Increased cardiac activity such as heart rate and blood pressure can cause damage to the endothelial layer of the blood vessels. Blood levels of glucose and free fatty acids stay high and can lead to atherosclerosis. This is when a cholesterol plaque begins to form on the inner lining of the vessels. The white blood cells and platelets that attempt to heal the damage actually end up forming an atheroma. If this completely blocks an artery it can cause a myocardial infarction (a heart attack).
It has been proven that stress affects the immune system. It causes a deficiency in its effectiveness and so the individual may be more prone to illness and disease. Stress is a biological problem because it is having an enormous effect on people in every day life. The body is not evolved for such long periods of stress and therefore biologists need to find a solution for it as soon as possible.
The main solution to this problem is the use of drugs. These are used to combat the feelings and emotions an individual feels when put under stress. An example is Benzodiazepines. Some of these are anti-anxiety pills and others are sleeping pills. They act in the brain to slow down the activity of the central nervous system (CNS). These drugs enhance the activity of the bodies own anxiety releasing drug GABA (a natural anxiety reducing drug) causing relaxation and reducing serotonin activity (serotonin is a neurotransmitter that has an arousing effect) and thus reducing anxiety. This inhibits the release of noradrenaline.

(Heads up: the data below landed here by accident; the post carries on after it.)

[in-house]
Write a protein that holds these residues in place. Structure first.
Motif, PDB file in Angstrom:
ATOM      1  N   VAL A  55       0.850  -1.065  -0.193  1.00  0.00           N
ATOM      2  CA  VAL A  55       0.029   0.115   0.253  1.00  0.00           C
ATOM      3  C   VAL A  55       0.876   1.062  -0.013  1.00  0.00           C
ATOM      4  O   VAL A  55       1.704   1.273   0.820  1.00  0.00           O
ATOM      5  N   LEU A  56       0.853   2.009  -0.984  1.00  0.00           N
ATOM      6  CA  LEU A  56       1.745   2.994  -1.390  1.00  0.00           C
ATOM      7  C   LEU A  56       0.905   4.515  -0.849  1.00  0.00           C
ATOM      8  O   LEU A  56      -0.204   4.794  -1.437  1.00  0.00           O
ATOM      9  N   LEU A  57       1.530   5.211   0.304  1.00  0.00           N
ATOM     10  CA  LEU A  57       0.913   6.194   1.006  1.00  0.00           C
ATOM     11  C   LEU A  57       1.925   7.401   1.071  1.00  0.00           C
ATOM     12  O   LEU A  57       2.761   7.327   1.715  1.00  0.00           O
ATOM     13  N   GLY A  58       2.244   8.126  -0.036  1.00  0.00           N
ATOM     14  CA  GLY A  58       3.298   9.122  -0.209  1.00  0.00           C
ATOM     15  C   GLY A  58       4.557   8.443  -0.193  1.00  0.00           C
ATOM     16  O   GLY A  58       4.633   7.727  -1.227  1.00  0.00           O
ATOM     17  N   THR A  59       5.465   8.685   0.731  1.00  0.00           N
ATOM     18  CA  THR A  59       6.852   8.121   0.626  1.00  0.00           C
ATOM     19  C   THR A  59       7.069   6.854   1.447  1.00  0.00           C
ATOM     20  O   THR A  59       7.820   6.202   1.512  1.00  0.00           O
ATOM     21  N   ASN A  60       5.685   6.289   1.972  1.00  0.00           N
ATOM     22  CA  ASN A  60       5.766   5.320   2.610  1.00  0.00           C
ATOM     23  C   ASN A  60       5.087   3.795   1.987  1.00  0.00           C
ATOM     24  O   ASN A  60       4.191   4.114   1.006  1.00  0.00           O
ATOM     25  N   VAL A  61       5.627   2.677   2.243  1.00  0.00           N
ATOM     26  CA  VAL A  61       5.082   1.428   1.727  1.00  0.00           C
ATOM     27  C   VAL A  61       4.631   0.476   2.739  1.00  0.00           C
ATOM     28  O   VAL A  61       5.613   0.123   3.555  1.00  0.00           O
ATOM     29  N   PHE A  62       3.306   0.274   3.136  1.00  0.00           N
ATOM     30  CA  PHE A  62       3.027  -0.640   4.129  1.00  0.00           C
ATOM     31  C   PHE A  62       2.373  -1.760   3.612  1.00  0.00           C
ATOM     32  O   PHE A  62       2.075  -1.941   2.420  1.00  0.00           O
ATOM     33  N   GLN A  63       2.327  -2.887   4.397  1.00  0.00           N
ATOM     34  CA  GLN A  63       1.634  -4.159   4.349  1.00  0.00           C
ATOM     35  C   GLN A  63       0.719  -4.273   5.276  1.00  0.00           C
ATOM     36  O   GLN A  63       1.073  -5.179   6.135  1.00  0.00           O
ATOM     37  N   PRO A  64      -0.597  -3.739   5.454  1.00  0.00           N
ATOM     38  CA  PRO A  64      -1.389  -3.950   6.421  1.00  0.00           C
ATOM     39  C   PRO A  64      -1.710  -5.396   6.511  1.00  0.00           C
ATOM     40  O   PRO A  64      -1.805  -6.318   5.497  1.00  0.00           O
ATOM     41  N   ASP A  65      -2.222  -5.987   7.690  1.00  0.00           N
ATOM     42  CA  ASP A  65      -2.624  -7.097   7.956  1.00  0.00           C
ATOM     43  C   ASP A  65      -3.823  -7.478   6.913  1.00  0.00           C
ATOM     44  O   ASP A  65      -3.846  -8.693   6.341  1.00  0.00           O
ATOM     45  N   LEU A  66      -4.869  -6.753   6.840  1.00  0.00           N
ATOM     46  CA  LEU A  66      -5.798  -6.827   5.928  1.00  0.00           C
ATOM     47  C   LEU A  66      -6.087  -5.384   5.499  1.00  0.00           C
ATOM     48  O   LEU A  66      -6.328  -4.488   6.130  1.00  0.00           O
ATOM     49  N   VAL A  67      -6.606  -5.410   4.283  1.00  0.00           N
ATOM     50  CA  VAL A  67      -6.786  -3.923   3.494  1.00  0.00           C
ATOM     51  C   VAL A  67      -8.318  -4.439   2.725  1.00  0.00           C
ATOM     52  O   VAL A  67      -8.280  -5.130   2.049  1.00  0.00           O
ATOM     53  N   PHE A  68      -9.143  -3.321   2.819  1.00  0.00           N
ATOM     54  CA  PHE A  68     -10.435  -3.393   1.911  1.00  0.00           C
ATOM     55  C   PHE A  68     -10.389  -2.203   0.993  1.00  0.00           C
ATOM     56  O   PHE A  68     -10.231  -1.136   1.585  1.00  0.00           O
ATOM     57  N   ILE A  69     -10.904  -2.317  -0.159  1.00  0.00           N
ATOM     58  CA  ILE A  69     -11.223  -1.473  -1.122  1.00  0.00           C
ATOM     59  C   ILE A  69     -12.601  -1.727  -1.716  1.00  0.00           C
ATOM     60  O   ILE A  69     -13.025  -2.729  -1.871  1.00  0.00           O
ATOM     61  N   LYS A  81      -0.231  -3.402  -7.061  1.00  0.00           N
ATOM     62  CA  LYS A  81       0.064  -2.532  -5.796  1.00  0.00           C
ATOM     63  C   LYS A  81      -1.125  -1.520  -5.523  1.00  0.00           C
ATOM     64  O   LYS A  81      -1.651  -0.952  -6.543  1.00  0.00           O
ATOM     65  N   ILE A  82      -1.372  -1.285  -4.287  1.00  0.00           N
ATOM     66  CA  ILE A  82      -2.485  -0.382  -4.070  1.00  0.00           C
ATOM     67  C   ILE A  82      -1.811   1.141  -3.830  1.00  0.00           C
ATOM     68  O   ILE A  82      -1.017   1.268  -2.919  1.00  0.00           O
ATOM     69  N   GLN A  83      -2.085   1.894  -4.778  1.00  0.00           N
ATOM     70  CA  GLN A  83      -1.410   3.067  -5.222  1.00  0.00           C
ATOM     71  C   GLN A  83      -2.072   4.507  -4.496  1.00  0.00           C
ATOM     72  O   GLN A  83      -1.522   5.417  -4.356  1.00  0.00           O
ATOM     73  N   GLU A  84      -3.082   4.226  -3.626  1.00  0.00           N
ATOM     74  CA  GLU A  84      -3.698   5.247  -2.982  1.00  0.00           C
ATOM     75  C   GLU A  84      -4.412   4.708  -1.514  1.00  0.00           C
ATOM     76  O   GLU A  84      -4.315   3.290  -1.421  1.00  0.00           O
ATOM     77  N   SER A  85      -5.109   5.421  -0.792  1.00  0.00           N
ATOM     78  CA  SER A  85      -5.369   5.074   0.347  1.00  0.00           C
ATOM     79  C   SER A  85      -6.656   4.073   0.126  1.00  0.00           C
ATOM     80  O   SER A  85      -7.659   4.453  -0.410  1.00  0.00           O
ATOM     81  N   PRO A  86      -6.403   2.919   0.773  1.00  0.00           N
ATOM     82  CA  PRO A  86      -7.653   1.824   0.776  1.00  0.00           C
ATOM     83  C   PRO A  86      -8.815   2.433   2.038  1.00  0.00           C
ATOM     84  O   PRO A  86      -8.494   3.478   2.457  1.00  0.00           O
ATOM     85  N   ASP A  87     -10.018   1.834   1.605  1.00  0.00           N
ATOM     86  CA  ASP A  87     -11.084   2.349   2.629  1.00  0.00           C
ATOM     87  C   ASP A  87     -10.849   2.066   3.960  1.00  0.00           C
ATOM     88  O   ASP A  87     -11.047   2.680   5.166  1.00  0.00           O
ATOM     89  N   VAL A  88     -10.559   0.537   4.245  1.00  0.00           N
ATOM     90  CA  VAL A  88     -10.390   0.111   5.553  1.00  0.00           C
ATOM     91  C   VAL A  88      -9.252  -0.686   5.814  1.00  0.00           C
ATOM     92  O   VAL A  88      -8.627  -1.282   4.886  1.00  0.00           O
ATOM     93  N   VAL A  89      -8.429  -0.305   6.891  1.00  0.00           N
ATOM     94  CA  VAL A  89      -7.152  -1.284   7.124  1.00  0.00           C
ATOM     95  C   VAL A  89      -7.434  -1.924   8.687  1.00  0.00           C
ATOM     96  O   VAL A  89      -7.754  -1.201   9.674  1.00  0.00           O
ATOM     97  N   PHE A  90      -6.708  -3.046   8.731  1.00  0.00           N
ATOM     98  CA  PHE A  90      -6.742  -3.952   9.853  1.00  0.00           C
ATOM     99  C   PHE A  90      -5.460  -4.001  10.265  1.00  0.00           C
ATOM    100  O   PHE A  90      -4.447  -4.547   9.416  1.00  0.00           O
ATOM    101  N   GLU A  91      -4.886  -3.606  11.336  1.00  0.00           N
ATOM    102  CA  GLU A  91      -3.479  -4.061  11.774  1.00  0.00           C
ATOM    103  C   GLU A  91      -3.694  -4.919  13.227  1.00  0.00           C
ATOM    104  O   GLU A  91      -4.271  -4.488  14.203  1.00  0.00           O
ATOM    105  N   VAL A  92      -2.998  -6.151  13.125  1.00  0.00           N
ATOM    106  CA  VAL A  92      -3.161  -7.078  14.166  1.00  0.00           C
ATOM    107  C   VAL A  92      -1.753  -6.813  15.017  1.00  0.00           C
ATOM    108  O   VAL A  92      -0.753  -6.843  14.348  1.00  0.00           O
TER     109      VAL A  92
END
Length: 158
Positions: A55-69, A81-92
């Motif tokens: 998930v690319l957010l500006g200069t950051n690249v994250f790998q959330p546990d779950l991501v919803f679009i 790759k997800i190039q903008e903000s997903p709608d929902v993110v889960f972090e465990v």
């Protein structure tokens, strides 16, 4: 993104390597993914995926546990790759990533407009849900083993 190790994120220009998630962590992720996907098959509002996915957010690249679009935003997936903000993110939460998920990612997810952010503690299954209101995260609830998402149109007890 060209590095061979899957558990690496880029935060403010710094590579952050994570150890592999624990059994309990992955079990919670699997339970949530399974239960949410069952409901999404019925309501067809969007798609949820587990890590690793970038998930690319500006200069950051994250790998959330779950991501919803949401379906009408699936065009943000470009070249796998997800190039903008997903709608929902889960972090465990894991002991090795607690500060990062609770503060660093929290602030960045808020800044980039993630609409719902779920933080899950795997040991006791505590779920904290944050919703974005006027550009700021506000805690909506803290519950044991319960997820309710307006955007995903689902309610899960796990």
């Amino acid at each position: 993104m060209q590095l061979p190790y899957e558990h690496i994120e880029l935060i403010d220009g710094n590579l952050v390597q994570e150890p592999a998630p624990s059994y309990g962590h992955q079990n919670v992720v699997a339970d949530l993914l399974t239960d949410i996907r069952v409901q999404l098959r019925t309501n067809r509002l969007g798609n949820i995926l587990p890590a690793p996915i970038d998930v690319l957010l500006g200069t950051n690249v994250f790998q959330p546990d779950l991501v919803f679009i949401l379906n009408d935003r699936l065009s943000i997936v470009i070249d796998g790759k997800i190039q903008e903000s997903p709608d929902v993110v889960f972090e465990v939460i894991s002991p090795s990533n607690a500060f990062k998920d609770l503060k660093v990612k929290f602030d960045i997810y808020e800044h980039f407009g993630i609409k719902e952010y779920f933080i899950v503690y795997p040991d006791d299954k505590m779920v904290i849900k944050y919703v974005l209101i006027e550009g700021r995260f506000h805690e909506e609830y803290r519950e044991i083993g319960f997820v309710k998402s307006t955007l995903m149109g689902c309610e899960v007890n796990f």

[Lippincott Williams & Wilkins Drug Therapy in Nursing, Diane S. Aschenbrenner, Samantha J. Venable © 2008]
The above table shows the chemicals and their necessary concentrations that combat the effects of chronic stress.
This diagram shows the effectiveness of benzodiazepines. As you can see, within the first four weeks it instantly gives a reduction in the feeling of stress compared with another drug busipirone. The drawback is shown at the right hand side of the diagram: The withdrawal period increases stress for a short period of time before finally reaching the end of its cycle with a decrease in the feeling of anxiety.
This is appropriate for almost anyone as they are very effective in combating the effects of chronic stress (as shown in the diagram “Effect of clorazepate (a benzodiazepine) & buspirone on anxiety during treatment and withdrawal”). They are also easy to use and easy to access from a GP. However, they are only appropriate for times when the stressor is not consistent. For example, if the stressor (like exams) were only there for a certain amount of time, a patient could take the drugs and when the exams were over, they could stop taking the drugs and not resort back to being stressed. If it was cause by stress of a new promotion at work, the patient could not take the drugs for an unlimited time as the stressor would not go away and therefore the patient might start to depend on them.